..chances are you are using a wrong mapping:

ManyToOne(x => x.ProductCategory, pm =>
    {
        pm.Column("ProductId");
        pm.Column("CategoryId");
    });

I saw a solution from stackoverflow that works:
ManyToOne(x => x.ProductCategory,
    c => c.Columns(
        new Action<NHibernate.Mapping.ByCode.IColumnMapper>[]
        {
            x  => x.Name("ProductId"),                        
            x  => x.Name("CategoryId")
        }));

This is the shorthand:
ManyToOne(x => x.ProductCategory, c => c.Columns(x => x.Name("ProductId"), x => x.Name("CategoryId")));


Happy Coding! ツ

Wednesday, December 18, 2013

Say No to ViewData and ViewBag

We've all been there, we got a perfect Model/ViewModel for the view…


public class HomeController : Controller
{

    public ActionResult Index()
    {

        var people = new[]
        {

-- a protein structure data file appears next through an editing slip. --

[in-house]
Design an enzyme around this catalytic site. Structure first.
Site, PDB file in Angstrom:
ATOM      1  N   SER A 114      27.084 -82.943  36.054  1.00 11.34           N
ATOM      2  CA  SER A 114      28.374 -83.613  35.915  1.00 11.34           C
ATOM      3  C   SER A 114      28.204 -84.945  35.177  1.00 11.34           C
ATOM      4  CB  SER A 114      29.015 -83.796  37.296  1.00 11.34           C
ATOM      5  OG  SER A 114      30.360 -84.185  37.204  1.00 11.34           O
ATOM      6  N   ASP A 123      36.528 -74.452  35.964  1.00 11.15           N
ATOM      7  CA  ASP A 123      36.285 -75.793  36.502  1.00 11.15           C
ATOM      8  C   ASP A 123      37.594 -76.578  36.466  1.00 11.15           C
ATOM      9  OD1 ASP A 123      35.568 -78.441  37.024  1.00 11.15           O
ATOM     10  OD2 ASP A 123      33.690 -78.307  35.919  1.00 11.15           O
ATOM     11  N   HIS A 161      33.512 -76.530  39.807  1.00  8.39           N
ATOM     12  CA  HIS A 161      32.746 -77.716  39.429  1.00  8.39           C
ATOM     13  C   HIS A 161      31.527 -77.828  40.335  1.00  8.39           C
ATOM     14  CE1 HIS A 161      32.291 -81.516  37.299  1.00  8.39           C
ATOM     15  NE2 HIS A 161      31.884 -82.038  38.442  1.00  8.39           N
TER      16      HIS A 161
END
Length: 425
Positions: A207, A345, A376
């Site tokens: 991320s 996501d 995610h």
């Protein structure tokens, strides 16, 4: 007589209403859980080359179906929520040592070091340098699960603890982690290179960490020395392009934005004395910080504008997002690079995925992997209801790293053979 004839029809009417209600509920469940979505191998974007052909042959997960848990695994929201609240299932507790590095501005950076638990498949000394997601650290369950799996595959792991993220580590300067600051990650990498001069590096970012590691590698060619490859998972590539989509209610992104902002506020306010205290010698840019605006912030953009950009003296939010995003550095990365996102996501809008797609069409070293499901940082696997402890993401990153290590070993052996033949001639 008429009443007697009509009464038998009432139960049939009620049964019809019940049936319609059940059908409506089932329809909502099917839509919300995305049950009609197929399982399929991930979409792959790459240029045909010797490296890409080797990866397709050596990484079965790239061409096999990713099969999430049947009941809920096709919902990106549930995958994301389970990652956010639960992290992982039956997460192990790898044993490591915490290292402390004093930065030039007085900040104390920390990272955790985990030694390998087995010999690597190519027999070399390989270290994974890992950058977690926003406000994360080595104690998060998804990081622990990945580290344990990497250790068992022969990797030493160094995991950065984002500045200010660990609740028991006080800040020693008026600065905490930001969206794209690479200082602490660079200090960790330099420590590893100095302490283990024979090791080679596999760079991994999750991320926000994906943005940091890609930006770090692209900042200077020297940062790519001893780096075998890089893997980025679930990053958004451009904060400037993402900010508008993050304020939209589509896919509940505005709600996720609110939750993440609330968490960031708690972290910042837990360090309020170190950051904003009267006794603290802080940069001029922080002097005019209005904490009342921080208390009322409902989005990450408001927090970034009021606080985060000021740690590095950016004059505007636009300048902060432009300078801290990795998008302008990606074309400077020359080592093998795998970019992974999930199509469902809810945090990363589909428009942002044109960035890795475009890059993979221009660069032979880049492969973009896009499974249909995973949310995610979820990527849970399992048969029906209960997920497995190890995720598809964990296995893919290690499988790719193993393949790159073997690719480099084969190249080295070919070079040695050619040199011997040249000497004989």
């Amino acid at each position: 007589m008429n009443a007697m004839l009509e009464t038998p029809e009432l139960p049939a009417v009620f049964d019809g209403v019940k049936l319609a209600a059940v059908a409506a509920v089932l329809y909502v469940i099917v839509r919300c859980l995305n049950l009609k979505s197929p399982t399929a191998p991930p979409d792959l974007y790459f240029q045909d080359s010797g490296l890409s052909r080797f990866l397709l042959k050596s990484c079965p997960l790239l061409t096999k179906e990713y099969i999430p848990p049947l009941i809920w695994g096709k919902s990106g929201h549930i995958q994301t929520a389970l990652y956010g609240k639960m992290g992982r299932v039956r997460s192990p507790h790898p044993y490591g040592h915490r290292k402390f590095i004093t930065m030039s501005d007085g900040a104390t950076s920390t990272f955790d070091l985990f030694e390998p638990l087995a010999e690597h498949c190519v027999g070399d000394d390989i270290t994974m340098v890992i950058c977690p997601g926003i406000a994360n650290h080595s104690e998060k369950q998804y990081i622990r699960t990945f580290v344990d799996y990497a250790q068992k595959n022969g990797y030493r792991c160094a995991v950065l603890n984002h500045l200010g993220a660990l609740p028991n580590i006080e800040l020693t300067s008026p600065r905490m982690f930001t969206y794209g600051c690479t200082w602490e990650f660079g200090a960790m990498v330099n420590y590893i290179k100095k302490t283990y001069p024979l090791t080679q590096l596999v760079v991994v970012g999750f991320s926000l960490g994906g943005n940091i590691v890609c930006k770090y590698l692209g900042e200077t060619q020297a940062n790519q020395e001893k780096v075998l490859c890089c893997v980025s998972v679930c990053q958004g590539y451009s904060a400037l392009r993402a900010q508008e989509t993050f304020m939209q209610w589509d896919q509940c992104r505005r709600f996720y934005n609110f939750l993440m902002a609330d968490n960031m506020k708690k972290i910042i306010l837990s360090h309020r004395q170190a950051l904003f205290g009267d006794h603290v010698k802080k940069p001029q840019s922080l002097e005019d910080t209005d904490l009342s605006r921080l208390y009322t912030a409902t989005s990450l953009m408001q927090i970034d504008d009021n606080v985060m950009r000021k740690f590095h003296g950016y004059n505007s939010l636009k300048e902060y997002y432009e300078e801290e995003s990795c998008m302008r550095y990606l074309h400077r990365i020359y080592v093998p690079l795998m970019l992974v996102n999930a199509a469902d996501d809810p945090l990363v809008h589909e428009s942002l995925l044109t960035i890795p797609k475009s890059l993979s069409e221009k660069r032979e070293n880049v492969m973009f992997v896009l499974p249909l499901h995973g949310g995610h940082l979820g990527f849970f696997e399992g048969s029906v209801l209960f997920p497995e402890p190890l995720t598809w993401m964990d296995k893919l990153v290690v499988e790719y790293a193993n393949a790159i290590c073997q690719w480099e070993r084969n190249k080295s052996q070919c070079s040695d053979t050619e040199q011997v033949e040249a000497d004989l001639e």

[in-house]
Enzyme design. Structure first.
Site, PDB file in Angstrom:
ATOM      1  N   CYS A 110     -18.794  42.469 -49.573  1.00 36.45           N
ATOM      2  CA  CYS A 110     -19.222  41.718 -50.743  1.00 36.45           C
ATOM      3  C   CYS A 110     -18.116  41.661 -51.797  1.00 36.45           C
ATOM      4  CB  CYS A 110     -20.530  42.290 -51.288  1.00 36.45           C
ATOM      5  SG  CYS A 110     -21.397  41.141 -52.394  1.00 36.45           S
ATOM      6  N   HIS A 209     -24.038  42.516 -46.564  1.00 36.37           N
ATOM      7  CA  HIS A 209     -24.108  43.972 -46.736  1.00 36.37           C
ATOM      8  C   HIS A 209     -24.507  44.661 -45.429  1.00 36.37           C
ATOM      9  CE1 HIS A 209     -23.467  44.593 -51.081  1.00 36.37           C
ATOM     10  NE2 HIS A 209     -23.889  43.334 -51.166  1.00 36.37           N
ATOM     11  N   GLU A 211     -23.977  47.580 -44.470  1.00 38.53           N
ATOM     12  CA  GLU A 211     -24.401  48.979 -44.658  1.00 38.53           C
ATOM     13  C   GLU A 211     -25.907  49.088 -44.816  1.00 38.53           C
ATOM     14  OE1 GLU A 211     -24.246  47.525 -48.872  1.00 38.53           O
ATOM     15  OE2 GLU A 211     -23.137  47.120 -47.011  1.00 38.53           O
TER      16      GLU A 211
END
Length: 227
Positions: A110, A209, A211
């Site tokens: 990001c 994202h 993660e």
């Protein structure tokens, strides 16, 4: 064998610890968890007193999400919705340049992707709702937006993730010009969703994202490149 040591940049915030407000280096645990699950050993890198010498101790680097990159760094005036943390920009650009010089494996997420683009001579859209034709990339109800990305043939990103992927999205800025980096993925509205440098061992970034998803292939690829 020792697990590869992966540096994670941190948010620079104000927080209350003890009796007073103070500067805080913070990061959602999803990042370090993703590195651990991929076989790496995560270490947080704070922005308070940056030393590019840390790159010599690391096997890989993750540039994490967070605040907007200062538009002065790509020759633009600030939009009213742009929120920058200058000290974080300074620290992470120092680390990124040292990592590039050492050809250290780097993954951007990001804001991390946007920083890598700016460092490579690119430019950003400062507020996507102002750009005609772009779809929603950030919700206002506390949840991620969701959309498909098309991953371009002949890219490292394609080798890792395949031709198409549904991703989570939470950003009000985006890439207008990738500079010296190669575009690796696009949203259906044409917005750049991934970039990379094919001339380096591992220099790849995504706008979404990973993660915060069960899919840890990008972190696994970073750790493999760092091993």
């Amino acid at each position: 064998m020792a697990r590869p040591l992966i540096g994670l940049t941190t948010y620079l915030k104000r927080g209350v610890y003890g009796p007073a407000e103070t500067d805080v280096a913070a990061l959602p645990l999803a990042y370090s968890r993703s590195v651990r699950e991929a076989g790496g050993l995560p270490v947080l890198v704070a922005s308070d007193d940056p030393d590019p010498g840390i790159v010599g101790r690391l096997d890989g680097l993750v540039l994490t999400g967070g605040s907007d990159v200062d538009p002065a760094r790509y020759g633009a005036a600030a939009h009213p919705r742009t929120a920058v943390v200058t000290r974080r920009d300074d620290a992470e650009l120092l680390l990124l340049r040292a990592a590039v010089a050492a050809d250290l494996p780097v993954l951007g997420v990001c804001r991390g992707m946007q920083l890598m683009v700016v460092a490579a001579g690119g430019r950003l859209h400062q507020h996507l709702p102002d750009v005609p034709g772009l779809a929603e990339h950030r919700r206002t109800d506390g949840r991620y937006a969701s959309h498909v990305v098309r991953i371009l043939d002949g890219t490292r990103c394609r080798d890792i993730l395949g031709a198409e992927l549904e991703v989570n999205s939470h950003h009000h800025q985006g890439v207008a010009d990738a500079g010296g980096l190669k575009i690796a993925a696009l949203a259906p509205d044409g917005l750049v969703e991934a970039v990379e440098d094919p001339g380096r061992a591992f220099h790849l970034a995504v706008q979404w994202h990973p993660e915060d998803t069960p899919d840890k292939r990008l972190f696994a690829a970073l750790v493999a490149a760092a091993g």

new Person { Firstname = "Ely", Lastname = "Buendia"},
            new Person { Firstname = "Raymund", Lastname = "Marasigan"},
            new Person { Firstname = "Buddy", Lastname = "Zabala"},
            new Person { Firstname = "Marcus", Lastname = "Adoro"},
        };

        return View(people);

    } // Index Action

} //Home Controller    


View:

@model IEnumerable<TestAdhocViewModel.Models.Person>

 
<table>    
@foreach (var p in Model)
{
    <tr>
        <td>@p.Firstname</td>
        <td>@p.Lastname</td>
    </tr>
}
</table>


...and then one day, there's a new requirement to bring new info on the view.

You can either put it in ViewData or ViewBag. However, you reluctantly wanted to put those info on ViewData/ViewBag. It pains you to see the contract(Model/ViewModel) between the controller and the view is being violated in the broad daylight, the various information are located in disparate sources, some of them are stored in strongly-typed Model/ViewModel but some are in ViewData/ViewBag. ViewData/ViewBag mars the beauty of operating exclusively within the domain of Model/ViewModel.


You can serialize/deserialize the anonymous types with JSON, but you will lose the benefit of autocomplete. Dynamic types are not navigable. Just because you could doesn't mean you should


So it's safe to say we all love our strongly-typed language. C#, a language so strongly-typed so we don't have to type strongly, thanks autocomplete! :D